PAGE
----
Google adds a usage rights tool in its Image Search to help users find images protected by Creative Commons and other fair use licenses. The move should help the search engine giant fortify its position as a company that respects copyright holders as it seeks to fend off a Justice Department inquiry over its Google Book Search deal.
Google July 9 made another overture to make life easier
for Web content creators, adding a new feature to Google Image Search that lets
bloggers find free images that are available to share and modify for free.
The move constitutes Google's latest olive branch to
artistic license and copyright owners, and could be one of the efforts Google
points to should it find itself having to counter copyright infringement issues
over its Google Book Search agreement.
Bloggers can now restrict their Image Search results to photos
that have been tagged with licenses such as Creative Commons, a nonprofit group
that lets users use and build on the works of others while respecting copyright
laws, the GNU Free Documentation license, or are in the public domain.
Creative Commons licenses allow artists to specify the
ways others may use their work, but the licenses are very clear about how the
work may be used according to the artists' wishes. Artists can license their
images for general reuse, or strictly for noncommercial reuse. Artists can also
decide whether or not to grant people the right to modify or remix their
Users can enable this new usage rights feature by going
to Google's advanced image search page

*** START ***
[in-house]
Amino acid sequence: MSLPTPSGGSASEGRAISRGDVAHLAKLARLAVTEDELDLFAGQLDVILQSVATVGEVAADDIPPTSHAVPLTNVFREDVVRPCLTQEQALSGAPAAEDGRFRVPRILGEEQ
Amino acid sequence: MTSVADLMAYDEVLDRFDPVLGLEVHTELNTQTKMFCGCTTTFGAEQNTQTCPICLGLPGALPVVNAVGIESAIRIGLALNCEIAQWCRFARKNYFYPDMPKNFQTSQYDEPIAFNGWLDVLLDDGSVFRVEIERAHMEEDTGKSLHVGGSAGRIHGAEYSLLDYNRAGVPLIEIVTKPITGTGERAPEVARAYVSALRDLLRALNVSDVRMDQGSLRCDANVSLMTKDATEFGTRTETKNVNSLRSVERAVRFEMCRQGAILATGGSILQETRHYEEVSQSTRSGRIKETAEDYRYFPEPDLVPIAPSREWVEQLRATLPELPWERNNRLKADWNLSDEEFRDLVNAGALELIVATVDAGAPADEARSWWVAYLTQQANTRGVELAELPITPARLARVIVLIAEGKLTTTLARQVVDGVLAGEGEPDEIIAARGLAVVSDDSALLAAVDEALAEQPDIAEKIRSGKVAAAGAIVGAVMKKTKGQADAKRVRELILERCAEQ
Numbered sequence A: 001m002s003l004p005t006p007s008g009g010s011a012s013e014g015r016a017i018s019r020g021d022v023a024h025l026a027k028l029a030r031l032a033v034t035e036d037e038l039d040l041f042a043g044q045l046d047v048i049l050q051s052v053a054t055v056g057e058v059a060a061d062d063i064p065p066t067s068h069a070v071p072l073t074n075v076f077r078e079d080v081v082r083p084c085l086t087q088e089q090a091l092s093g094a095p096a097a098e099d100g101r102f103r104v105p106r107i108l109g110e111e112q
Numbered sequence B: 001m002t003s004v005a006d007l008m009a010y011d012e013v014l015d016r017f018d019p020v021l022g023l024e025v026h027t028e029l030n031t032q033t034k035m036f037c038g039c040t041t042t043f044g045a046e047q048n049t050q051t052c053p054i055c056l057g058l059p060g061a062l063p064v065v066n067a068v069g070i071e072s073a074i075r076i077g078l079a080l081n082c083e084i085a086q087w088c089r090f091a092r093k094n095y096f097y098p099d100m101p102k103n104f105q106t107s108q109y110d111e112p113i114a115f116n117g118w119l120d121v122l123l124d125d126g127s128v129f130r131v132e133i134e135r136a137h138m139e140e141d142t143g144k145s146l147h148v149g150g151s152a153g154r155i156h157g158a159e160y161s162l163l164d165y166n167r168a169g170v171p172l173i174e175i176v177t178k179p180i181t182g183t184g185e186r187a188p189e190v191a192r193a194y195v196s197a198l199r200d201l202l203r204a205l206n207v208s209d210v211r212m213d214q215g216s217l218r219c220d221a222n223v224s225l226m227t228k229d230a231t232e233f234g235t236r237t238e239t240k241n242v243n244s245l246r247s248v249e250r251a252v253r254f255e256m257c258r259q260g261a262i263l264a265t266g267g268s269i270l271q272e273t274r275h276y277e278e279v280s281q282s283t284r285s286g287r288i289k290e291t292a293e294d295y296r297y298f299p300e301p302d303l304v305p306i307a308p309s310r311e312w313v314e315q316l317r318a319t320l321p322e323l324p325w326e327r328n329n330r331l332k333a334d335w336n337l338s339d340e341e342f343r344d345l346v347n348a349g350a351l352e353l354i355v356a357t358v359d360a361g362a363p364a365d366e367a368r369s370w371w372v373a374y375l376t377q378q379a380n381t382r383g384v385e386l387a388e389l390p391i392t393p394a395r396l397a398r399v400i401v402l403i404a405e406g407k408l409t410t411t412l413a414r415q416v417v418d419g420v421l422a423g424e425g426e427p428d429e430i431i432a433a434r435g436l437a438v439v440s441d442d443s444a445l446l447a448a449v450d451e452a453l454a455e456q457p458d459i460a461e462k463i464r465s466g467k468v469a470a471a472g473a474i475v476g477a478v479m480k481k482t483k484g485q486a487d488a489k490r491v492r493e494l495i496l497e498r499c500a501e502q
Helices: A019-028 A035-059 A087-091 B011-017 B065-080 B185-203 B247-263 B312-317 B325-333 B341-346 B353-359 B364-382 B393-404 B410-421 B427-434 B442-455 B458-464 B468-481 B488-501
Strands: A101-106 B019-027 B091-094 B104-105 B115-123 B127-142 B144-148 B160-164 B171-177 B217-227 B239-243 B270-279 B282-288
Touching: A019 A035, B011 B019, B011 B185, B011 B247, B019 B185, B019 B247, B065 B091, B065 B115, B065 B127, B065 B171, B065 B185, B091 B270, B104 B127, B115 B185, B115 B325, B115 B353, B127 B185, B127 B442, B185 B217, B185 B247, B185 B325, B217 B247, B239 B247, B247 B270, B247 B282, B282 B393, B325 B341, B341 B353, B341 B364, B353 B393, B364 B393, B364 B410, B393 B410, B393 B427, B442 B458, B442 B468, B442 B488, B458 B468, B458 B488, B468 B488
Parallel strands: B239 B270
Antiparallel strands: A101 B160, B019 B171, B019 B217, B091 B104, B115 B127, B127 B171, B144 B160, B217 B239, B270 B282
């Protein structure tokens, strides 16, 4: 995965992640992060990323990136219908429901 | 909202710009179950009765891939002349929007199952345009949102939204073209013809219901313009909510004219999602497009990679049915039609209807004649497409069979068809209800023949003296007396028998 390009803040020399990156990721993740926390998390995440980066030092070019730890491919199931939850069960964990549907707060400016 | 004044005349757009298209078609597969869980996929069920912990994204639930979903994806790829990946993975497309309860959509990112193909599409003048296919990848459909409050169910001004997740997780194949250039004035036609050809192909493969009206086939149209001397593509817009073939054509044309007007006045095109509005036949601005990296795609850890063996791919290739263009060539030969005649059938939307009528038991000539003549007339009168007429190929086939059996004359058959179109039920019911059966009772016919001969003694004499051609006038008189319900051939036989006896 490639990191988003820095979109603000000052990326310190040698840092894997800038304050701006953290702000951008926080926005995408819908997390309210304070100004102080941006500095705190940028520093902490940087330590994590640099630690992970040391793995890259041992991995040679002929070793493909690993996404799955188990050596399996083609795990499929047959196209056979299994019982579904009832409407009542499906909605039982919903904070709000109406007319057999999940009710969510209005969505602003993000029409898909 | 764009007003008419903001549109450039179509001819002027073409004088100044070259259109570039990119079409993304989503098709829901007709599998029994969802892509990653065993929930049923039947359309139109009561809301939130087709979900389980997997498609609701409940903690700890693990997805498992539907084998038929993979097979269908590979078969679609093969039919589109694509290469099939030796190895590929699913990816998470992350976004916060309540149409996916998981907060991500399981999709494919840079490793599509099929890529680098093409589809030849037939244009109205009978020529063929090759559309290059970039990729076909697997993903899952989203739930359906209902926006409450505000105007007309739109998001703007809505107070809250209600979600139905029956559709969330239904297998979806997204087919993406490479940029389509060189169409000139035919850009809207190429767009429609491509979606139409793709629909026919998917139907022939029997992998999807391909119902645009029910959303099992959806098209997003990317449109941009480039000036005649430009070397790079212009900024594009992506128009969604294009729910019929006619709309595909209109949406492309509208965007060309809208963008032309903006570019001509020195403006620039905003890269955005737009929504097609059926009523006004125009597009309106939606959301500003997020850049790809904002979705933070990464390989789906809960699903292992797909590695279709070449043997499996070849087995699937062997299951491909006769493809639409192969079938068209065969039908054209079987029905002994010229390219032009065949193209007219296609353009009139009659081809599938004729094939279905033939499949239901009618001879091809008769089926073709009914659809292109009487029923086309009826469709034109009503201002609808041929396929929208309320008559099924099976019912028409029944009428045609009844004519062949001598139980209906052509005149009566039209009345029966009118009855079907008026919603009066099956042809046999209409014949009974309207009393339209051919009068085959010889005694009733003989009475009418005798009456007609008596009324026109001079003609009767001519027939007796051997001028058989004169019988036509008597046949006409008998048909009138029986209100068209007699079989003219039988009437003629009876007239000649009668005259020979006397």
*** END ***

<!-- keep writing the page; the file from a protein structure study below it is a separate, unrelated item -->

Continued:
and selecting the type of license they'd like to
search for under the "Usage rights" section. Thereafter, results should
be restricted to images marked with CC or other licenses. Once a user confirms
the license of the image and makes sure that their use complies with the terms
of the license, users can reuse the image.
However, while this utility picks out images that are tagged
with licenses that authorize reuse, Google stressed that users still have to
verify that the licensing information is accurate. Read more about the new
Image Search on TechMeme here
"We can help you take the first step towards finding
these images, but we can't guarantee that the content we linked to is actually
in the public domain, or available under the license," wrote Google
Software Engineers Lance Huang and George Ruban in a blog post
Naturally, the Creative Commons representatives were
thrilled with Google's new Image Search tool. Every time a technology provider
implements technology that helps uphold Creative Commons licenses, it lends
greater validity to the cause to foster fair use.
"This is a huge step forward for the future of image
search on the Web, so congratulations to the Google team on another great CC
implementation!" Creative Commons rep Fred Benenson
wrote in a blog
The move is a huge step for Google, which has not always
endeared itself to copyright holders in the past and may soon have to defend
itself against a formal inquiry
by the U.S. Justice Department over Google Book Search, its sweeping plan to digitize the world's books and make
them accessible to users and libraries over the Internet for fees.
Google and the Authors Guild raised eyebrows last October
their settlement of a class-action lawsuit, which the Authors Guild
and the Association of American Publishers filed against Google in 2005.
consumer rights advocates and other parties expressed concern such a deal would
grant Google too much power in the online book realm, particularly over "orphan
works," or books that are out of print and whose authors or rights holders are